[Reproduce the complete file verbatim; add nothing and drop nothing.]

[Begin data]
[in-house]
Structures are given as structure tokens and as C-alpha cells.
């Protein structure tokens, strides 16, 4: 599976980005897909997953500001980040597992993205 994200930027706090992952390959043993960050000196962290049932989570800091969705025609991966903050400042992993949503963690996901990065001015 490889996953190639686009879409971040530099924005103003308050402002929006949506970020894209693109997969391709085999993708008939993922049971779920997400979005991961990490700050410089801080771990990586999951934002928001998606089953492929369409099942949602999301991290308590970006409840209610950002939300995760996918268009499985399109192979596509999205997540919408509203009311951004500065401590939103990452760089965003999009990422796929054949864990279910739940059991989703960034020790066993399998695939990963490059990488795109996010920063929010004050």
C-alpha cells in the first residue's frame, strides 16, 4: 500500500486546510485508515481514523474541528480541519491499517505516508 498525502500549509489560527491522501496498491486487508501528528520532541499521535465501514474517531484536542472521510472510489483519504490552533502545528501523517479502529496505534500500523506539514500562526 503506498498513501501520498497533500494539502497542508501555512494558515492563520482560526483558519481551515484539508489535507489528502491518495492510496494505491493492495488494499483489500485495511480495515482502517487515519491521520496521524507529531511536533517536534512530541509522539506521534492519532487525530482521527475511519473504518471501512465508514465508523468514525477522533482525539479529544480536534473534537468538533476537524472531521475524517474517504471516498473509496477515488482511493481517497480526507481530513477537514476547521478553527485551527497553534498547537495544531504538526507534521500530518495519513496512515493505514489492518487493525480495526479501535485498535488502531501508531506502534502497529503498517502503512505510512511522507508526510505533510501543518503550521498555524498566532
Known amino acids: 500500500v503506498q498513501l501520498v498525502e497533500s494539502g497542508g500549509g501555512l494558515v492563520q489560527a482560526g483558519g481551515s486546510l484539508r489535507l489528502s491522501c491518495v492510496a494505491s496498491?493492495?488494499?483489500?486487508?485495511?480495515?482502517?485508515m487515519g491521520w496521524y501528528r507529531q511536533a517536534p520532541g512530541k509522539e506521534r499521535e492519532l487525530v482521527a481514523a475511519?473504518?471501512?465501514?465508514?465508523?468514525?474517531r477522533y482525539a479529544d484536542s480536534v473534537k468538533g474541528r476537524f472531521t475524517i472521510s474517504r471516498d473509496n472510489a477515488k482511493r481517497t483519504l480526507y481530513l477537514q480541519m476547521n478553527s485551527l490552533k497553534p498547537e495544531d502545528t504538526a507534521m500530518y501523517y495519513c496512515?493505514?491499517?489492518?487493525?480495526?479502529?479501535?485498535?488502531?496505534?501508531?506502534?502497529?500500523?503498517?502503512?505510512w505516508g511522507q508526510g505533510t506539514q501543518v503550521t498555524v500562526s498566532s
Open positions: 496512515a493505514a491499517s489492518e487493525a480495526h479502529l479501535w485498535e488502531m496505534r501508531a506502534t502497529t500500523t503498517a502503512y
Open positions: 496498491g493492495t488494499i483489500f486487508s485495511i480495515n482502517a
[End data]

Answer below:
[in-house]
Structures are given as structure tokens and as C-alpha cells.
């Protein structure tokens, strides 16, 4: 599976980005897909997953500001980040597992993205 994200930027706090992952390959043993960050000196962290049932989570800091969705025609991966903050400042992993949503963690996901990065001015 490889996953190639686009879409971040530099924005103003308050402002929006949506970020894209693109997969391709085999993708008939993922049971779920997400979005991961990490700050410089801080771990990586999951934002928001998606089953492929369409099942949602999301991290308590970006409840209610950002939300995760996918268009499985399109192979596509999205997540919408509203009311951004500065401590939103990452760089965003999009990422796929054949864990279910739940059991989703960034020790066993399998695939990963490059990488795109996010920063929010004050």
C-alpha cells in the first residue's frame, strides 16, 4: 500500500486546510485508515481514523474541528480541519491499517505516508 498525502500549509489560527491522501496498491486487508501528528520532541499521535465501514474517531484536542472521510472510489483519504490552533502545528501523517479502529496505534500500523506539514500562526 503506498498513501501520498497533500494539502497542508501555512494558515492563520482560526483558519481551515484539508489535507489528502491518495492510496494505491493492495488494499483489500485495511480495515482502517487515519491521520496521524507529531511536533517536534512530541509522539506521534492519532487525530482521527475511519473504518471501512465508514465508523468514525477522533482525539479529544480536534473534537468538533476537524472531521475524517474517504471516498473509496477515488482511493481517497480526507481530513477537514476547521478553527485551527497553534498547537495544531504538526507534521500530518495519513496512515493505514489492518487493525480495526479501535485498535488502531501508531506502534502497529503498517502503512505510512511522507508526510505533510501543518503550521498555524498566532
Known amino acids: 500500500v503506498q498513501l501520498v498525502e497533500s494539502g497542508g500549509g501555512l494558515v492563520q489560527a482560526g483558519g481551515s486546510l484539508r489535507l489528502s491522501c491518495v492510496a494505491s496498491?493492495?488494499?483489500?486487508?485495511?480495515?482502517?485508515m487515519g491521520w496521524y501528528r507529531q511536533a517536534p520532541g512530541k509522539e506521534r499521535e492519532l487525530v482521527a481514523a475511519?473504518?471501512?465501514?465508514?465508523?468514525?474517531r477522533y482525539a479529544d484536542s480536534v473534537k468538533g474541528r476537524f472531521t475524517i472521510s474517504r471516498d473509496n472510489a477515488k482511493r481517497t483519504l480526507y481530513l477537514q480541519m476547521n478553527s485551527l490552533k497553534p498547537e495544531d502545528t504538526a507534521m500530518y501523517y495519513c496512515?493505514?491499517?489492518?487493525?480495526?479502529?479501535?485498535?488502531?496505534?501508531?506502534?502497529?500500523?503498517?502503512?505510512w505516508g511522507q508526510g505533510t506539514q501543518v503550521t498555524v500562526s498566532s
Open positions: 496512515a493505514a491499517s489492518e487493525a480495526h479502529l479501535w485498535e488502531m496505534r501508531a506502534t502497529t500500523t503498517a502503512y
Open positions: 496498491g493492495t488494499i483489500f486487508s485495511i480495515n482502517a